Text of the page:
During school hours, students are also feeling the limitations in P.E., where unit electives that rely on the track, such as the “Fitness Unit,” are becoming restricted by construction. “It definitely limits what types of activities we can give to our P.E. students,” explained Physical Education teacher Robert Murray.

Beyond sports, other school activities have also felt the scheduling heat. The marching band is reliant on the track and the turf field to practice. “We also get to practice in the parking lot, but there’s a difference between practicing where there are markings and practicing where it’s a replication of actual competition,” explained DHS Marching Band Director Elizabeth Dandeneau. Currently, the marching band is frontloading what limited practice time they receive on the turf field to prepare for upcoming competitions, but Dandeneau still experiences concerns about the future: “The track is being paved over in the next couple of weeks and will have to sit out to dry for a month. If there’s poor weather, that could mean our biggest fundraiser – the Jamboree – will be delayed as the track will have to sit out longer.”

The arrival of the incursions during the fall season is partially due to the delayed construction of the track. Graduation and end-of-the-year events left the track booked during June, which forced construction to be pushed off until July. “It’s been very difficult to deal with. I’ve had a lot of experience, but I have never had to plan and schedule as much as now,” Salvestrini said. 

Still, one of the 46 upcoming games will be played on the track: Homecoming. The annual tradition will actually be allowed to remain on DHS turf to the delight of many DHS students and staff. “We are thankful that Mr. Salvestrini was able to work out with the construction company for us to be able to have Homecoming in our stadium,” explained DHS Varsity Football Coach Augustine Tieri. His team shared his feelings.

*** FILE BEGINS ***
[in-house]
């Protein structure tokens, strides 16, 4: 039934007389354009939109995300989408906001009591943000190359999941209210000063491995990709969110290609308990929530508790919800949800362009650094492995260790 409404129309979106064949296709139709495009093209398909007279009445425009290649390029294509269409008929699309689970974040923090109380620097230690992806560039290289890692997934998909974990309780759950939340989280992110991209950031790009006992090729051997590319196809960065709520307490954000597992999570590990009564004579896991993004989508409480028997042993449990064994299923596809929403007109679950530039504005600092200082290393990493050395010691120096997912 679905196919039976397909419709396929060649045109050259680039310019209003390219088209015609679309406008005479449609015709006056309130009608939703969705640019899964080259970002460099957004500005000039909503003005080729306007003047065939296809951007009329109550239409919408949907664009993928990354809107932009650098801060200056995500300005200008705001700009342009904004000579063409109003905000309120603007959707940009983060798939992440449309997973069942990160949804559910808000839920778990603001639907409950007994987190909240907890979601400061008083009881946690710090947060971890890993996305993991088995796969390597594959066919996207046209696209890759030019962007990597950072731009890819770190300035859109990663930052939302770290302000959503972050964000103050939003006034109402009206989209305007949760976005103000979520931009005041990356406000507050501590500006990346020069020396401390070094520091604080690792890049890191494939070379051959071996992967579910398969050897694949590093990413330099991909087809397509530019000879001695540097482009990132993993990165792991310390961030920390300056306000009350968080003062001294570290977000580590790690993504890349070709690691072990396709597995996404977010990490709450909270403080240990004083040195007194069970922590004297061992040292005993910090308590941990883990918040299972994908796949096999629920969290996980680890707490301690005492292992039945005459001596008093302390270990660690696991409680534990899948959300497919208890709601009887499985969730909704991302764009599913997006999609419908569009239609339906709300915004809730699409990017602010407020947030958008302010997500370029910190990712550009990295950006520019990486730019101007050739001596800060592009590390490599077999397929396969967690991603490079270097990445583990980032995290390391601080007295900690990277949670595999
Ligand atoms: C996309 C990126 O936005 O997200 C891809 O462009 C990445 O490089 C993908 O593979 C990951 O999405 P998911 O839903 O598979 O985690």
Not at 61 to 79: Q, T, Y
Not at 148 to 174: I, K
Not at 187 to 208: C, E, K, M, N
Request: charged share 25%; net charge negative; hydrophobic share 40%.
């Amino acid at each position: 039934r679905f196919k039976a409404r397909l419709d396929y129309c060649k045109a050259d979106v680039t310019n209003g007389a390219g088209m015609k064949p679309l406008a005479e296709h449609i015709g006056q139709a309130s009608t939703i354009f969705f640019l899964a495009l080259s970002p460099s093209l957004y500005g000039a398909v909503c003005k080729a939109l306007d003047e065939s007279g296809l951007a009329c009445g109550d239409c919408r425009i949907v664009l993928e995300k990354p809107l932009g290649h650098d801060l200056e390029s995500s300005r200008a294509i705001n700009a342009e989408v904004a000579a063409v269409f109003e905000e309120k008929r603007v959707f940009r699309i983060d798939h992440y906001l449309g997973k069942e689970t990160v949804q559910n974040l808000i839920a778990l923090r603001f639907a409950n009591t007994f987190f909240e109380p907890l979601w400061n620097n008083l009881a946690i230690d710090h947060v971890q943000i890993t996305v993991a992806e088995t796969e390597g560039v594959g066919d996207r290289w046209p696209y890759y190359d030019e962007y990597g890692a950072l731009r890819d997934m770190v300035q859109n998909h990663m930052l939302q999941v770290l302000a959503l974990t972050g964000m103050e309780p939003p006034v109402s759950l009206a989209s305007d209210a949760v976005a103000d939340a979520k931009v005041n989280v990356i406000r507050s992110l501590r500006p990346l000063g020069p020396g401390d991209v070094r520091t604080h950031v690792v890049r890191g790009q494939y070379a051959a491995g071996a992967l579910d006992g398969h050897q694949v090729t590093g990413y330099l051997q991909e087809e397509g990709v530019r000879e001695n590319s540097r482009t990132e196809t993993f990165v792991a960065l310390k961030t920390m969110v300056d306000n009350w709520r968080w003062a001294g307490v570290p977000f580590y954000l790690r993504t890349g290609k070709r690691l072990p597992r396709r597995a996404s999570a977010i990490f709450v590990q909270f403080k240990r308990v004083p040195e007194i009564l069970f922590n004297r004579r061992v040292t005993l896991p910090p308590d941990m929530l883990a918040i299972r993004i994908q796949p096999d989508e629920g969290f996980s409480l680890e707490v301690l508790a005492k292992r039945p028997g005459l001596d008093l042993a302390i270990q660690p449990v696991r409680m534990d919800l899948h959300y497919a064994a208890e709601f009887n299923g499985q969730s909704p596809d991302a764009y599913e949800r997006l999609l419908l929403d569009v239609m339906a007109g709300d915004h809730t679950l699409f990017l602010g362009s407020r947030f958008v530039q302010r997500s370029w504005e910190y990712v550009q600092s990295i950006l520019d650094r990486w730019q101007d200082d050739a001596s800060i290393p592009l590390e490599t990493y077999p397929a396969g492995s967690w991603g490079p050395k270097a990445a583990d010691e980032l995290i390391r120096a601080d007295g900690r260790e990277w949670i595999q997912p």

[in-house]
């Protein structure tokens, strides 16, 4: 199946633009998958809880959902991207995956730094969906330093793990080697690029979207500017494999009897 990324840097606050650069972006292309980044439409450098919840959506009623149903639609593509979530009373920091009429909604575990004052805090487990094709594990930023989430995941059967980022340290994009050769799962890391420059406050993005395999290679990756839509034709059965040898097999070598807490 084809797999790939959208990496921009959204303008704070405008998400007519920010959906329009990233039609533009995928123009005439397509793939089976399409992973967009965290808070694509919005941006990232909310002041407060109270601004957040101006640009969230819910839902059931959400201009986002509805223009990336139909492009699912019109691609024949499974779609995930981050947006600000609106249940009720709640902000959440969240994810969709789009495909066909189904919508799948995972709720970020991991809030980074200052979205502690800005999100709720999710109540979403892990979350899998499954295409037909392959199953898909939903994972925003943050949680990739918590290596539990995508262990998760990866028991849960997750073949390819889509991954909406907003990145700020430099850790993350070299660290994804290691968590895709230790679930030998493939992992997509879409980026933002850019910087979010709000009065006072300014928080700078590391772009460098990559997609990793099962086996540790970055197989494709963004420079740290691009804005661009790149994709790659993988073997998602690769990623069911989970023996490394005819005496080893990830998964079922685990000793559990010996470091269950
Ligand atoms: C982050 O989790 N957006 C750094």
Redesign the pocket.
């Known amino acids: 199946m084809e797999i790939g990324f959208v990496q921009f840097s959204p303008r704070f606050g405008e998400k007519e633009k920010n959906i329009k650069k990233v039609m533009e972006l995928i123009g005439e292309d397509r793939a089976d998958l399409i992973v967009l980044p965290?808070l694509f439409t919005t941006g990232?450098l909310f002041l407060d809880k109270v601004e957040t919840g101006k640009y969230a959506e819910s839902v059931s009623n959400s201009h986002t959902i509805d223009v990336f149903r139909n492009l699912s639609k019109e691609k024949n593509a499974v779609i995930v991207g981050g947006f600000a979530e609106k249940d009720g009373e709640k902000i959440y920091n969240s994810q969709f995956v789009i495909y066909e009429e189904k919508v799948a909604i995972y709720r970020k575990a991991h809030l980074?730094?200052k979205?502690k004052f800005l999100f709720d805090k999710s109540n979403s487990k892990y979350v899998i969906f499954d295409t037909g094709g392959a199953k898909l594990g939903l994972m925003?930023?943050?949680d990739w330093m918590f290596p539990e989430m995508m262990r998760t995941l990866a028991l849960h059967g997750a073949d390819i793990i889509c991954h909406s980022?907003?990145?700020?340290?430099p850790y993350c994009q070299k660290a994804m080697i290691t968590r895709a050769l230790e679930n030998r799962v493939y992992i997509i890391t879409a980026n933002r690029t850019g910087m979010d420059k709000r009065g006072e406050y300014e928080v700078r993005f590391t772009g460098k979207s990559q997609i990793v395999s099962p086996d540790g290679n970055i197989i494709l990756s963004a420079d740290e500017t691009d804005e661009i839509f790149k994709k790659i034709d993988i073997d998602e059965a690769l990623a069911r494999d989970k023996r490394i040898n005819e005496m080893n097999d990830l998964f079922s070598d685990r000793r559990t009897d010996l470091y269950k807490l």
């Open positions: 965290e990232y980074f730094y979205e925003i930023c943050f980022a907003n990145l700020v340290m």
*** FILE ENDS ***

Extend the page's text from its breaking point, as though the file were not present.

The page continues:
Despite the challenges that arose with the timing of the track’s constructions, many DHS sports teams still find the new track essential. Murray claimed that their practice accommodations were suitable enough so that the team is still prepared to perform well at all competitions, “Once the track is restored, we’ll be able to train effectively and enable our youth track and field programs to put forth local, regional, and state meets.” After all, Salvestrinni said it best: “The number one girls’ track team in the state deserves a home meet.”

Now, the disarrayed track will be refurbished to represent the champions DHS athletes are. Many are hopeful that this construction represents a path towards advancing more DHS sports facilities to the benefit of the youth. Tieri believes  “a new turf is also on the horizon to support the many great programs at DHS and community programs that utilize it. Our Mayor is a major supporter of our sports programs, so it’s most likely [in the] near-future.”